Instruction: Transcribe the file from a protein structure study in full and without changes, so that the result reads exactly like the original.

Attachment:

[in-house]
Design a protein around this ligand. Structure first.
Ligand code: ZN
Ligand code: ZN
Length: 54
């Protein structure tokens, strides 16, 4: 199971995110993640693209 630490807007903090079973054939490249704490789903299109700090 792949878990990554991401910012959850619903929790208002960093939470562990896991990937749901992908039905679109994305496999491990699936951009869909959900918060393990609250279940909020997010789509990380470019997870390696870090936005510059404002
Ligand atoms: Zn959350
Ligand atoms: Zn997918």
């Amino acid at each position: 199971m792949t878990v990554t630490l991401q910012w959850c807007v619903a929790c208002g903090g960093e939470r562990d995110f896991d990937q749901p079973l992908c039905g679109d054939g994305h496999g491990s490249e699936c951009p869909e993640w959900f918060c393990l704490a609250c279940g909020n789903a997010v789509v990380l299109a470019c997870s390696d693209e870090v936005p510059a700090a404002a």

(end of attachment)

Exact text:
[in-house]
Design a protein around this ligand. Structure first.
Ligand code: ZN
Ligand code: ZN
Length: 54
């Protein structure tokens, strides 16, 4: 199971995110993640693209 630490807007903090079973054939490249704490789903299109700090 792949878990990554991401910012959850619903929790208002960093939470562990896991990937749901992908039905679109994305496999491990699936951009869909959900918060393990609250279940909020997010789509990380470019997870390696870090936005510059404002
Ligand atoms: Zn959350
Ligand atoms: Zn997918």
């Amino acid at each position: 199971m792949t878990v990554t630490l991401q910012w959850c807007v619903a929790c208002g903090g960093e939470r562990d995110f896991d990937q749901p079973l992908c039905g679109d054939g994305h496999g491990s490249e699936c951009p869909e993640w959900f918060c393990l704490a609250c279940g909020n789903a997010v789509v990380l299109a470019c997870s390696d693209e870090v936005p510059a700090a404002a």